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The Public Papers of the Presidents contain most of the President's public messages, statements, speeches, and news conference remarks. Documents such as Proclamations, Executive Orders, and similar documents that are published in the Federal Register and the Code of Federal Regulations, as required by law, are usually not included for the presidencies of Herbert Hoover through Gerald Ford (1929-1977), but are included beginning with the administration of Jimmy Carter (1977). The documents within the Public Papers are arranged in chronological order. The President delivered the remarks or addresses from Washington, D. C., unless otherwise indicated. The White House in Washington issued statements, messages, and letters unless noted otherwise. (Public Papers of the Presidents of the United States. Washington, D.C.: United States Government Printing Office, various dates.


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The Messages and Papers of the Presidents1789-1913
Herbert Hoover1929-1933
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Randomly Generated Public Paper from Today's Date in History
Remarks at a Luncheon Hosted by Secretary-General António Manuel de Oliveira Guterres of the United Nations in New York City
September 19th, 2017

Well, thank you very much, Mr. Secretary-General. I have to say that, as someone born in New York and raised in New York, it is a great honor to have the United Nations in New York, and always has been.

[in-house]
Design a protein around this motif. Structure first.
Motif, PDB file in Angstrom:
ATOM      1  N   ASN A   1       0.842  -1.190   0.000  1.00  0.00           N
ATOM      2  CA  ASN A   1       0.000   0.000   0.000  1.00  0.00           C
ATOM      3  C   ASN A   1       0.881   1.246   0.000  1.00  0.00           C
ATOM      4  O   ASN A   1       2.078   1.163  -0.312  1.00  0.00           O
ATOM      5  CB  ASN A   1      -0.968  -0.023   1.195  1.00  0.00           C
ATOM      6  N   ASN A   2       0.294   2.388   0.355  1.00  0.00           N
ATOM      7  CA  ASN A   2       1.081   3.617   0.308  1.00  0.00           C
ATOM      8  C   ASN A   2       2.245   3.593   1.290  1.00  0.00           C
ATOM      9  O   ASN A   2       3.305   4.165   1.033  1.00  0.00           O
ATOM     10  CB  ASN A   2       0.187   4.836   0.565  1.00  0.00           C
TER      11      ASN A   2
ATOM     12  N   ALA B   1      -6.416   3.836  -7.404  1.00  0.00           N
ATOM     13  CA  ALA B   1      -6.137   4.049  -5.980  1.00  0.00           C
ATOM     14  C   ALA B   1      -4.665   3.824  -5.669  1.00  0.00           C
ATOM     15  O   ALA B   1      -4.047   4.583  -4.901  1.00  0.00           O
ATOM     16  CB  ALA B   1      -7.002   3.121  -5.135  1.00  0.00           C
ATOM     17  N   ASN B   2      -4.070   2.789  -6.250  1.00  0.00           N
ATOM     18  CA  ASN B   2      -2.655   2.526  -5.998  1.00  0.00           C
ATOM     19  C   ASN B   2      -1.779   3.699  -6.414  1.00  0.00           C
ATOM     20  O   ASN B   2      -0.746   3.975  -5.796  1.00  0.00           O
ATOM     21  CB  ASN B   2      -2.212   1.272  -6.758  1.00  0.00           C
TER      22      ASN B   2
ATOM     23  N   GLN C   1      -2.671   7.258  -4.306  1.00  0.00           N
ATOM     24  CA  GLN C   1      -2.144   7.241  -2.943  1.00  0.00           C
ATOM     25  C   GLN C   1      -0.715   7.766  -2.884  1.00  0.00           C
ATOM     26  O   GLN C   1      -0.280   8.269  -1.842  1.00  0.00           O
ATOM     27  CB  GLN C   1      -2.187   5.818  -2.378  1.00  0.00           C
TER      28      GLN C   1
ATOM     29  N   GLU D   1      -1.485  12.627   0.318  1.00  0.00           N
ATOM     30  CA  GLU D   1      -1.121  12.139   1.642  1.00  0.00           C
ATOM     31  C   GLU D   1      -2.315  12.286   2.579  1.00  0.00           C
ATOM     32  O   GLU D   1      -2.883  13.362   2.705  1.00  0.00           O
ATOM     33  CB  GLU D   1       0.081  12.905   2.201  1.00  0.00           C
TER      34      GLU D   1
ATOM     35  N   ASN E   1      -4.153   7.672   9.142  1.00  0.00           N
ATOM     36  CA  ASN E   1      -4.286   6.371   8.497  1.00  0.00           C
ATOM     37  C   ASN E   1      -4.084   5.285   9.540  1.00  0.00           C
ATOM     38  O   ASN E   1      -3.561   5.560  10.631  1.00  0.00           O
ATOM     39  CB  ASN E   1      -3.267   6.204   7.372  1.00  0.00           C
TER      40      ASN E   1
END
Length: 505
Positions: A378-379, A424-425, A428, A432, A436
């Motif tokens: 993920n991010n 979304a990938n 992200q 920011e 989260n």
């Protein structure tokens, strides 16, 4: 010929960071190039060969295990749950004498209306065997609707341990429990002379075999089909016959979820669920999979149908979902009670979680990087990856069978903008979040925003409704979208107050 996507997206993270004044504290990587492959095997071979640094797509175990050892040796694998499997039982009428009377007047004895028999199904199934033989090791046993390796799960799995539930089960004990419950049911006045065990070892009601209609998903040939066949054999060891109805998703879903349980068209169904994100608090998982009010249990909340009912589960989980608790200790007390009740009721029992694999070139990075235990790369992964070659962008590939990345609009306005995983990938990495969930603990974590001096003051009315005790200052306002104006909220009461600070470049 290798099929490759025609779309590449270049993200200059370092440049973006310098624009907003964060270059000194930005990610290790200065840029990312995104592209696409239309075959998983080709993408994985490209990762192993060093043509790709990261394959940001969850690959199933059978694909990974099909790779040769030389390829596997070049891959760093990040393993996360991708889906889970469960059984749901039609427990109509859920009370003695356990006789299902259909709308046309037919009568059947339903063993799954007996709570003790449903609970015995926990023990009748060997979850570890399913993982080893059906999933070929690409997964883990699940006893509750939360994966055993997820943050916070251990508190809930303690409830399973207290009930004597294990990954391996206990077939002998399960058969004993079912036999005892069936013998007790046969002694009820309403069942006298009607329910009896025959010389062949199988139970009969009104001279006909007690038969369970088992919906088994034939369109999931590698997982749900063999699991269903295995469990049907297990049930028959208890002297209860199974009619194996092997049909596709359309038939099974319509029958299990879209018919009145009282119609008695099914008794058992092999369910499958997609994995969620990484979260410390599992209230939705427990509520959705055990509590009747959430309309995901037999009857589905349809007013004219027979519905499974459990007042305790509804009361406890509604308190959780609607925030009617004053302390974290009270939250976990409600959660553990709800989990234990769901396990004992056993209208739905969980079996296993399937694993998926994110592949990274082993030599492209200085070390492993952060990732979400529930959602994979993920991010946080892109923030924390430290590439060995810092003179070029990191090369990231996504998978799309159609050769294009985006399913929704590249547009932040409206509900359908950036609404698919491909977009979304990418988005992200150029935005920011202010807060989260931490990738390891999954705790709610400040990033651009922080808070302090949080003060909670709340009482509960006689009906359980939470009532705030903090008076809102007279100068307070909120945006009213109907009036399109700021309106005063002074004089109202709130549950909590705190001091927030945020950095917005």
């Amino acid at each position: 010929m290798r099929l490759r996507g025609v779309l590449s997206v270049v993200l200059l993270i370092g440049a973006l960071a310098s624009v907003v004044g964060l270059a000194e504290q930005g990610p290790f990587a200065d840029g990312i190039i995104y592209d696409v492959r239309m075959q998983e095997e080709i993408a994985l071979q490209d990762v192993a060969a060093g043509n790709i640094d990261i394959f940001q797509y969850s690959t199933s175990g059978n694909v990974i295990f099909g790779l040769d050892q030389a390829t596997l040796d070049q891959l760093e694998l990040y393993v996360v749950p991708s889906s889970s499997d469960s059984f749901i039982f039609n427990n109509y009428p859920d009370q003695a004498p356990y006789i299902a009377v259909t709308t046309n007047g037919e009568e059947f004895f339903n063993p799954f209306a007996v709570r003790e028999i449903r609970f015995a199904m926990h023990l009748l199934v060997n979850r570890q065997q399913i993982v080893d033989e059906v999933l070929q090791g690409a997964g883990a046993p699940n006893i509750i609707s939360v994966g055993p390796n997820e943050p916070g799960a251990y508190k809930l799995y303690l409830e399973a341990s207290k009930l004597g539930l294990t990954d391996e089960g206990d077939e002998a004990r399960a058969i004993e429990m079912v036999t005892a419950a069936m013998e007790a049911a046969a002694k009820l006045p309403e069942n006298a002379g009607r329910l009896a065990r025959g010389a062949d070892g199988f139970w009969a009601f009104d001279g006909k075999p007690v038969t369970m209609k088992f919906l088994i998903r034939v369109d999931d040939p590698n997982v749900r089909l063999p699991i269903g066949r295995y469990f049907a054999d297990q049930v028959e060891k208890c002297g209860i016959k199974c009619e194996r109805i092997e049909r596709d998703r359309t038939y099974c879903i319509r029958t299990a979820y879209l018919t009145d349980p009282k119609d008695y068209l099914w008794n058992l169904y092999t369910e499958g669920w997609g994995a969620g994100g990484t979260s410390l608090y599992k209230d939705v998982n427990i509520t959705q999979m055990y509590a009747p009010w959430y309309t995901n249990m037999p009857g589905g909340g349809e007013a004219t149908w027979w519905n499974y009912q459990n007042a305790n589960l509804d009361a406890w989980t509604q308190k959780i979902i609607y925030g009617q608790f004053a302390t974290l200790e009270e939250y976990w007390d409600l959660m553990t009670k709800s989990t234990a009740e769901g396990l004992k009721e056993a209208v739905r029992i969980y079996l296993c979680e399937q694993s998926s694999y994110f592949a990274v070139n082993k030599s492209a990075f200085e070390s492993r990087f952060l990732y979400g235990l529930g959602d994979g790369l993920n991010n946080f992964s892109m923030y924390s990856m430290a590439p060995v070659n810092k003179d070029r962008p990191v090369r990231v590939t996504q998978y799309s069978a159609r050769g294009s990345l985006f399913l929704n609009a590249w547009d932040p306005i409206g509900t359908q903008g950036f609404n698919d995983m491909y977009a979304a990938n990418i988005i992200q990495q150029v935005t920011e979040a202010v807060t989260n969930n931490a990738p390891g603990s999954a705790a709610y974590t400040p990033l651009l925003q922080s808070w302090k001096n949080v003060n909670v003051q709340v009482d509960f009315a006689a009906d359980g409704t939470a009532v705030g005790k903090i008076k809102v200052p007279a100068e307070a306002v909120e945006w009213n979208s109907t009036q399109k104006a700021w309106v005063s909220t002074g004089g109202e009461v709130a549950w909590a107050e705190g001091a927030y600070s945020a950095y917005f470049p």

For years I've been a critic, but I've also been somebody that said that the United Nations has tremendous potential. And under your leadership—and I've seen what you've done and working with Nikki Haley and all of her friends. She's made so many friends here, and Rex Tillerson, likewise, has become, really a fixture here. We're working very hard to solve world problems.

But there is no better forum; there can be no better forum. And certainly, there can be no better location where everybody comes together. So, I want to congratulate you. The word is "potential." The potential of the United States, in terms of what it's done has been wonderful. But we can do better, and we're going to.

The potential of the United Nations is unlimited, and I really believe—I've met your representatives, and I know you well. You are going to do things that will be epic, and I certainly hope you will. But I feel very, very confident.

So I just want to toast everybody in the room. And let's give this, as a toast, to the potential—the great, great potential of the United Nations. Thank you all for being here. Thank you very much.

[At this point, the President offered a toast.]

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